Tremblant is frequently described as "Disney-esque." By that people mean fake. But as we explore the narrow lanes lined with shops and streaming with people, I'm inclined to disagree. Yes, there's a cohesive architectural style to the new construction: stuccoed facades, iron railings, colorful metal roofs. But the effect is pleasing, and it is no less "real" than a mishmash of styles. Much more important, Intrawest hasn't forced out the independent restaurants, bars and shops, which lends an authentic vitality and gives the resort an eclectic appeal that's missing at other planned resort villages - and certainly at Disney World.
We'll see little of Lilly when we're not skiing. Two of her buddies areere, too, by prearrangement, and the three 10-year-olds are just old enough to cruise the village by themselves with the consent of their ever-cautious mothers. They've smuggled their own U.S. currency into the country, which they add to what they can wheedle out of their parents - all the more to immediately and indiscriminately squander in the gift and candy shops. Lilly, the animal lover, comes back with a purchase we're not sure she's thought all the way through - a strip of animal pelt dyed vivid blue and fashioned into a stole. It looks like fox. There's a paw at one end. Do we declare this at customs? Otherwise, the exotic candy is fascinating to the kids, and the whole experience is a treat for them. They gain confidence making their way in an environment that's distinctly foreign, but where everyone's nice and there's always English to fall back on.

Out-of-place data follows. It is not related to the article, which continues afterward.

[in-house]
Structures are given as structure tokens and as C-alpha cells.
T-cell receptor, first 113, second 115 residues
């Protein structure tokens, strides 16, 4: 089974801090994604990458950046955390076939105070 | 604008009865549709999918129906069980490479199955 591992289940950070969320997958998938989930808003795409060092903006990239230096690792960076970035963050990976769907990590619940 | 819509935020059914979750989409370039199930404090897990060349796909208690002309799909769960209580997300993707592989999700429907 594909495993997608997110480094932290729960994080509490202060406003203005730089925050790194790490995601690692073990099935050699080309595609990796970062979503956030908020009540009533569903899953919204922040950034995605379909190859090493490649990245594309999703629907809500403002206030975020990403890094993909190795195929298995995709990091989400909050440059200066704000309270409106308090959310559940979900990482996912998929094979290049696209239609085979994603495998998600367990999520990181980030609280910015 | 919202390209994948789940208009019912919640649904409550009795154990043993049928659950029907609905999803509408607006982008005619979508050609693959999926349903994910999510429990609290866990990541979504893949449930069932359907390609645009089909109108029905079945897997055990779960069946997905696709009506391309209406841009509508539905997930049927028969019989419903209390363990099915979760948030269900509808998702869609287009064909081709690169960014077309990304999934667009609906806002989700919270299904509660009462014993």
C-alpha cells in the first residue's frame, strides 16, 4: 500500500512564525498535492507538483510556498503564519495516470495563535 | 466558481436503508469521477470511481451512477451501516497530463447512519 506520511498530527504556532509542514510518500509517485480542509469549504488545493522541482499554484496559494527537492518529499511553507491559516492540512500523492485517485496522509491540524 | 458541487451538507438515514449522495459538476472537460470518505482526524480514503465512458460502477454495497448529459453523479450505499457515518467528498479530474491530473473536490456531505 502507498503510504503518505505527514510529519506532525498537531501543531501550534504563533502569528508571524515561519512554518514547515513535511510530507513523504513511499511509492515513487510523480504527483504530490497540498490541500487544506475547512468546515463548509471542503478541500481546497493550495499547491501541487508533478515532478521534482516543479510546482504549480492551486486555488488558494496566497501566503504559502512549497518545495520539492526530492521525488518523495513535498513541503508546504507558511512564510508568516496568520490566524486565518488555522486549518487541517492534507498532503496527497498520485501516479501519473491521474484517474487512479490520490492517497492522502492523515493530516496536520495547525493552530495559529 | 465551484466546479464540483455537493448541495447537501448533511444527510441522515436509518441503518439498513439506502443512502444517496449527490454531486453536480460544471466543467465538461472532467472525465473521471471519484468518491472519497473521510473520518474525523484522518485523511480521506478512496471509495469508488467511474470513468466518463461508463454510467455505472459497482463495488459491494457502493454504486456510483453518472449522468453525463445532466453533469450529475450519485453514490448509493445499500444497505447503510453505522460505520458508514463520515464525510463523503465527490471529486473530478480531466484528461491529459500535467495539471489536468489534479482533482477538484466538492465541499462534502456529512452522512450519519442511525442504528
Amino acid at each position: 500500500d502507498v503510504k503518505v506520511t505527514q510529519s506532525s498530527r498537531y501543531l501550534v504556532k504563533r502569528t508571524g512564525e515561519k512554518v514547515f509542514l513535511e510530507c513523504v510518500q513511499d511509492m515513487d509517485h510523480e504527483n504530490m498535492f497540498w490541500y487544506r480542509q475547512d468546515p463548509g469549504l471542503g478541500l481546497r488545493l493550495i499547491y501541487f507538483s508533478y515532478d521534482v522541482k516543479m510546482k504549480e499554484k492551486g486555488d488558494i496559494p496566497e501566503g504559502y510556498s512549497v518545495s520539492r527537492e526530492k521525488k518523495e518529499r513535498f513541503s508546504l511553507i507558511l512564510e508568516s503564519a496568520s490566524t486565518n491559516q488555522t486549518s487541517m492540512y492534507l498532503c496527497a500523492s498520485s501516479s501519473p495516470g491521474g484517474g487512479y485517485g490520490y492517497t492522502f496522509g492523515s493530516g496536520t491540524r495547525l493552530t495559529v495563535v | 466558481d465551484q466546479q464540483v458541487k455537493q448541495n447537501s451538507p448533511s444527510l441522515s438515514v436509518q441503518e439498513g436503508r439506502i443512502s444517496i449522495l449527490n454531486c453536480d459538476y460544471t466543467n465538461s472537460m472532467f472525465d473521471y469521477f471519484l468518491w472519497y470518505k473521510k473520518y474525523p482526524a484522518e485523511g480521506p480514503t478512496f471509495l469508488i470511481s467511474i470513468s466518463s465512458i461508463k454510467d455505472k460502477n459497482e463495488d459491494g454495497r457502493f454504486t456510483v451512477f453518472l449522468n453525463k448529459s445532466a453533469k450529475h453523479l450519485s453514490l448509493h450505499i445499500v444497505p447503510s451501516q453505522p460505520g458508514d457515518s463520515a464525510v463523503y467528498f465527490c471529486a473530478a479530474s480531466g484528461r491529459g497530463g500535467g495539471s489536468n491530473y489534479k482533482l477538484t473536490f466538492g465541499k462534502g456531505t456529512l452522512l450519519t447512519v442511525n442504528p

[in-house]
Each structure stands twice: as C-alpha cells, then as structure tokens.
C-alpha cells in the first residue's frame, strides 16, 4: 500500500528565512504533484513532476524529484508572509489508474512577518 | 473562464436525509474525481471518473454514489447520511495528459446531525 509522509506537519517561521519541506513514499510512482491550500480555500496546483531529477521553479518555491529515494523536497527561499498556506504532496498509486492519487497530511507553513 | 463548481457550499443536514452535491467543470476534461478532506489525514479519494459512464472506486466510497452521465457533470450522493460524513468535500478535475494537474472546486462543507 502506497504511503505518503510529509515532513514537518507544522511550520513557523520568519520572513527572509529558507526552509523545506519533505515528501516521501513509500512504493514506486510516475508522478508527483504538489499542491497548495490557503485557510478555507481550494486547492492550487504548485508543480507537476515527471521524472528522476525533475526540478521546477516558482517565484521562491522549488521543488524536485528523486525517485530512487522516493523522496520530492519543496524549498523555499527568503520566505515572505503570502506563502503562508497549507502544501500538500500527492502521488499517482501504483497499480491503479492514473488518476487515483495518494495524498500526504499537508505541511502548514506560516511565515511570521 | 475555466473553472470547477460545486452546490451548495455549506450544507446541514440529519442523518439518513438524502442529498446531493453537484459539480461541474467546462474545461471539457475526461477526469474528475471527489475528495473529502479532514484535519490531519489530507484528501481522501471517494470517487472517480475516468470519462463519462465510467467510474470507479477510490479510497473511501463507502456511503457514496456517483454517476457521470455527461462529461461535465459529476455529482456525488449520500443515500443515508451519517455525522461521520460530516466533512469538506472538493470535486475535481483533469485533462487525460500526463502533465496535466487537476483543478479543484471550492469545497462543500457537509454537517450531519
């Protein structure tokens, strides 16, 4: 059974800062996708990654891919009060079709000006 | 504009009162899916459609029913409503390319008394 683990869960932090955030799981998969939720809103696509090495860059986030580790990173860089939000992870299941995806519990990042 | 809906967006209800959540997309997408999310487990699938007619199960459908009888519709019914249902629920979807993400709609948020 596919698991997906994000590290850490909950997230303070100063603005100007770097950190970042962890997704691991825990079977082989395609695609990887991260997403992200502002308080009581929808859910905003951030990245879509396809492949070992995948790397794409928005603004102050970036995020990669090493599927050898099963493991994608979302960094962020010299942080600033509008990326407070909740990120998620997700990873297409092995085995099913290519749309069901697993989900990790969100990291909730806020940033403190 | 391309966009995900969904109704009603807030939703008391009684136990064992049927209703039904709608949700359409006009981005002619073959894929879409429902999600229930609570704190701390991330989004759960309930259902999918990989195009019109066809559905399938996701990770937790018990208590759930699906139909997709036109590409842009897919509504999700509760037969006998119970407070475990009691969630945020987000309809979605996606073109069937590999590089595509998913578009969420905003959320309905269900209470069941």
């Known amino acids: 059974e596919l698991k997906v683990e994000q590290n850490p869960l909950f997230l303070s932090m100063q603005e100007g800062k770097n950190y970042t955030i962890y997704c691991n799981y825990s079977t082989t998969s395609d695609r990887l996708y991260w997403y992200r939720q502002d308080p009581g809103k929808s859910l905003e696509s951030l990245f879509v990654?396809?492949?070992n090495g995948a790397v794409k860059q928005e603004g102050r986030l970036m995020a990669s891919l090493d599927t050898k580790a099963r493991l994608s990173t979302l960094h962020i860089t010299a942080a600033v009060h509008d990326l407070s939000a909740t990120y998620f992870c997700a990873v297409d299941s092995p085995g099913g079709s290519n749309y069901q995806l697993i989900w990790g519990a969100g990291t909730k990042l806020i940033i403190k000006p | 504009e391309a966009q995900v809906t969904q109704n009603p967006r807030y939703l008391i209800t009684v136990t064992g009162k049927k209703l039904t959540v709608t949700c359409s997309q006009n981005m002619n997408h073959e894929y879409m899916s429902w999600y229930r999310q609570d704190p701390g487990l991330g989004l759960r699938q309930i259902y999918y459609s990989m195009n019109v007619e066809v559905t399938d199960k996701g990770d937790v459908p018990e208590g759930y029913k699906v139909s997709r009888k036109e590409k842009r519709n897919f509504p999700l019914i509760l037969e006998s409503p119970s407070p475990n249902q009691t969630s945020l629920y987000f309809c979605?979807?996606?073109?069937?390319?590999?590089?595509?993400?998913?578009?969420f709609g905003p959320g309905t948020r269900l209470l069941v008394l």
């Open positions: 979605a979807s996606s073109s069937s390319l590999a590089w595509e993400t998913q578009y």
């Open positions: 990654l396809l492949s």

It's the same for me: Words learned in high school French classes start to come back. Especially the menu - French. With kids in tow, we end up at La Pizzatéria two of our four nights, but the pizza is terrific, and we can linger over our coffees while the kids roam the vicinity. And if you expect the quality of the restaurants to be superior because you're immersed in French culture, you won't be disappointed. Even the lodge food is good.
We spend another of our four evenings having dinner with friends from Burlington at Le Sommet de Neige, at the top of the village near the lifts. Real estate values appear to increase as you ascend the hill, and Le Sommet, a recent addition, is quiet and luxurious, with big, richly appointed suites overlooking the village.[pagebreak]
Our fourth evening is spent with another Burlington couple, Michel, a Montreal native who plays hockey with me, and his wife, Diane. They own a condo here - one of the hundreds within walking distance of the village - so Michel picks the restaurant, La Savoie, a warm, rustic fondue/raclette house near the base of the village. It's excellent, and when the check comes, I begin calculating the tip as one would in America. Then Michel, with mild French-Canadian indignation, takes it from me and strips out all the taxes before figuring a considerably lower tip. He assures us it's customary, but I still have a hard time making eye contact with the waitress.
After dinner, we trudge with Michel and Diane back to their condo, 10 minutes' walk along a groomed nordic trail. The night is cold and clear, and the snow squeaks in rhythm to our hurried steps. Their condo, a spacious, multistory contemporary affair with fireplaced living room and views of the slopes, has been a pleasure to own, says Michel, and a good investment.